Sherry: I see how you can interpret it that way as well. But here’s how I think of acceptance. It’s kind of like that point where you’re like, “I love myself too much to continue to do this. And let me just be honest with myself.” So, I think acceptance is integrity and honesty with yourself because you want to improve. Not acceptance because you’re apathetic and don’t want to move forward and you think, “Fine, this is going to be my life for the next whatever…”

Krista: It’s not resignation.

Sherry: Yes, that’s a great word. I see it more as integrity and honesty with yourself.

Krista: Integrity and honesty with yourself. I like what you said, “I love myself too much.” I kind of think too, if we can go back and look at what not accepting creates in our lives when we tell ourselves we shouldn’t be this way, we should be some other way. And then we shame ourselves, or variations on the theme, then those emotions are actually what keep us perpetuating this behavior that we don’t want. And so, it seems kind of counterintuitive to say, “Well, accept it.” But what it really means in my mind is just stop telling yourself it shouldn’t be that way. Because when you stop arguing with the way that it has been and you stop shaming yourself, then you can start to look at it honestly and with curiosity. And then that’s where you can start to get some leverage over something.

Sherry: And here’s what popped into my head when you said not accepting. Instantly my brain thought of resistance. You’re resisting what is. And if you resist what is, it just persists.

Krista: It persists. You speak my language, Sherry Price. You speak my language. Yeah, I see sometimes too an emotional connection. I don’t know if this was any part of your journey or if you see this happening. But I also see specifically with widows, if there was a bond that the wife shared with her late husband that had something to do with alcohol, so they had cocktail hour or they went out or they were both wine drinkers, or whatever it was, that also can sometimes intensify. But then the idea of letting it go then seems to have all of this extra challenge around it. Which is, if I can let that go, even though it’s no longer serving me, even though I don’t like that I’m drinking alone and I don’t like what that turns into. But if I let that go, then I’m letting him go.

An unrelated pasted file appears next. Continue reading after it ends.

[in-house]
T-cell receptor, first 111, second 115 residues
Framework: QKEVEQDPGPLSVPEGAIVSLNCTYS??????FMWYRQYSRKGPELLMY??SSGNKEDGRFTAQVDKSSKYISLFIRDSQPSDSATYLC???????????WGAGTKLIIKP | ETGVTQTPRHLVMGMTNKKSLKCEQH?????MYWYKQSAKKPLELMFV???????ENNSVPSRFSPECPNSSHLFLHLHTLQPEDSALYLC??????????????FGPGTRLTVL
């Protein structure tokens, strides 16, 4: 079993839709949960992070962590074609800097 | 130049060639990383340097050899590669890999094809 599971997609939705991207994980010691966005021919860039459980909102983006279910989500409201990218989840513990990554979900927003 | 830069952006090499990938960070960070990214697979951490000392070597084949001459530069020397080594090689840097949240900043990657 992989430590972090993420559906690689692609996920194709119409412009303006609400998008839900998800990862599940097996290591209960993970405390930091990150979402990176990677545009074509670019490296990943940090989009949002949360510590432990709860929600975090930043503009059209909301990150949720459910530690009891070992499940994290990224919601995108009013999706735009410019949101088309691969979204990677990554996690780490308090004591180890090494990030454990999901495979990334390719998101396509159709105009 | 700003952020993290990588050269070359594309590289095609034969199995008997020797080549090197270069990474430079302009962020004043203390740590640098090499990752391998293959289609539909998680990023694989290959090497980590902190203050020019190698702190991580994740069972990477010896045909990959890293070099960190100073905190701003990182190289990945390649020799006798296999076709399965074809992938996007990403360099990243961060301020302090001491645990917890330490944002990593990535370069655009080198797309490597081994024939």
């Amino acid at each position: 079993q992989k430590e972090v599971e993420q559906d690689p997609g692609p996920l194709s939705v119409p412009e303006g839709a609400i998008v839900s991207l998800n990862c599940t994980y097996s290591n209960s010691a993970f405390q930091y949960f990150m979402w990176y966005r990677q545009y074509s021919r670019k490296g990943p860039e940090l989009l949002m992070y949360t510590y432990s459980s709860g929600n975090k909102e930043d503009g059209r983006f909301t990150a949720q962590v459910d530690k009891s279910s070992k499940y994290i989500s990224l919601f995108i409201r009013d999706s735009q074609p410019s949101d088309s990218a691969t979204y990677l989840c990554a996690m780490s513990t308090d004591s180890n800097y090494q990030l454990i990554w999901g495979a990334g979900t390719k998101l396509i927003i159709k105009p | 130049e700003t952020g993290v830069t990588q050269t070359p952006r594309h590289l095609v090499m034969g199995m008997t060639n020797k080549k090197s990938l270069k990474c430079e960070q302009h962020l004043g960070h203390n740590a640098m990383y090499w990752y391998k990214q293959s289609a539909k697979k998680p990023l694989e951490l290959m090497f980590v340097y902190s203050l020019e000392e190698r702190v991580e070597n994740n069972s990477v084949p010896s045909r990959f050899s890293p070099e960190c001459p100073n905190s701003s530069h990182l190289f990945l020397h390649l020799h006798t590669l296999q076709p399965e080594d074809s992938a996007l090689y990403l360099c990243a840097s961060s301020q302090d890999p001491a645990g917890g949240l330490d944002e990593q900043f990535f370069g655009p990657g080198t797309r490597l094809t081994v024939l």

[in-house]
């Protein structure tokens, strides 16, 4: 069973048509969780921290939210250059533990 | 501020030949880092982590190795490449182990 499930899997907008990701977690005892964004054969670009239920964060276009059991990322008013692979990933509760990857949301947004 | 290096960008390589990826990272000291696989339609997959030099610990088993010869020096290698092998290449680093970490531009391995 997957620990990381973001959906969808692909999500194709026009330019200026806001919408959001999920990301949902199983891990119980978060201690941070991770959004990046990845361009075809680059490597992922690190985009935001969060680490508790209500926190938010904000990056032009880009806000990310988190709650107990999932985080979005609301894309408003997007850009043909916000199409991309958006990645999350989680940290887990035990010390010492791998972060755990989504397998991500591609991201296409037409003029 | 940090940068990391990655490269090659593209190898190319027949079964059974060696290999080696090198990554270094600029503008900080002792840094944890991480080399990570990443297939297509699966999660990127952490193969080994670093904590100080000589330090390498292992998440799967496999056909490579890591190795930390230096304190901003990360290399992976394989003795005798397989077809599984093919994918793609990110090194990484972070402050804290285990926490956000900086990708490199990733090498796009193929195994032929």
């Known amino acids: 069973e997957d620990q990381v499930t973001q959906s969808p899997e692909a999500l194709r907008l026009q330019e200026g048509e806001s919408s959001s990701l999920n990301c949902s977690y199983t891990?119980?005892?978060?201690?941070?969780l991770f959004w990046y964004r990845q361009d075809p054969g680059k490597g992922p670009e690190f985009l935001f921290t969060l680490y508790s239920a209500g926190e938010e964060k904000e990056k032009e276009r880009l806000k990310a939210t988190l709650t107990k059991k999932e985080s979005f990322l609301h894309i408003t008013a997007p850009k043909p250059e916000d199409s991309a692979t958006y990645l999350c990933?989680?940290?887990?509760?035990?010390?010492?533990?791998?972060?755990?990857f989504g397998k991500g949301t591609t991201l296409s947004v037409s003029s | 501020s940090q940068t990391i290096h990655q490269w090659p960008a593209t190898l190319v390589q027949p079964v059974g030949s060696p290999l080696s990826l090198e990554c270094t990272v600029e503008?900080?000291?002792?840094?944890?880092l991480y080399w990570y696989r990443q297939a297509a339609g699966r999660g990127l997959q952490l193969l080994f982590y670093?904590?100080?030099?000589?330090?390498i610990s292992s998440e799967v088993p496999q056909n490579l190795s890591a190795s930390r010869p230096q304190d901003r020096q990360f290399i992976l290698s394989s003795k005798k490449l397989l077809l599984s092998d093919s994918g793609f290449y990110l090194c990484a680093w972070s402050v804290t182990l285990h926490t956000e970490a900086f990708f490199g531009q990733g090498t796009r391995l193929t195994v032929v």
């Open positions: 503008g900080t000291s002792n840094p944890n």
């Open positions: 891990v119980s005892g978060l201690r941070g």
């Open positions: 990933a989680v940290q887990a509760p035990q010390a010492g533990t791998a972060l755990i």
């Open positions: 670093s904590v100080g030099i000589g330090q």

Sherry: Yeah, I can see how that line of thinking would perpetuate it.

Krista: A connection.

Sherry: Yeah, and we all have connection to things, people, substances, right? And there is an emotional connection. I know a lot of women that I work with – and I used to call it my friend, my comforter. You know, it feels like it’s what you need at that point in time and your brain can’t see any other way because it just becomes this pattern.

And so the brain, of course, is like, “I don’t want to think. Life is easy. Let me conserve energy. This is what I do.” But once you can start getting some space in your way of thinking about it and your relationship with the alcohol, when you cut back or if you take it away, it doesn’t have to mean anything about how you honor your late husband.

Krista: Totally. Your connection with him is not found in anything or any physical space. Your connection with him is totally found and created by your mind and the way you choose to think about him. And no one can take that from you. Nobody can take that from us because we own it. We created it. And it really isn’t about a particular behavior, or the house that we live in or the city that we live in or any of those things, or his clothes that seem so difficult to part with but yet we want to, because of all of our fear about what that means for our connection to him. I see that happening.

So, I also want to ask you what you think about this concept of dry months. Because I’m seeing it a lot, dry January, and somehow, it’s turned into dry February. And it makes me nervous that it’s being done with resistance and willpower. What do you think about that? Advisable?

Sherry: You know, I share on my podcast and with my listeners too that I did so many dry Januarys and so many sober Octobers.

Krista: Sober October, that’s a new one. Okay.

Sherry: Most people do Octoberfest. I would do sober Octobers. And I really thought that would be the way I would change my relationship with alcohol. Because I assumed, if you take something out of your life, it would automatically change your relationship with it. But I realized, I was just removing the substance but not doing the inner work. So, I was relying on the external to change my internal. And that never happened.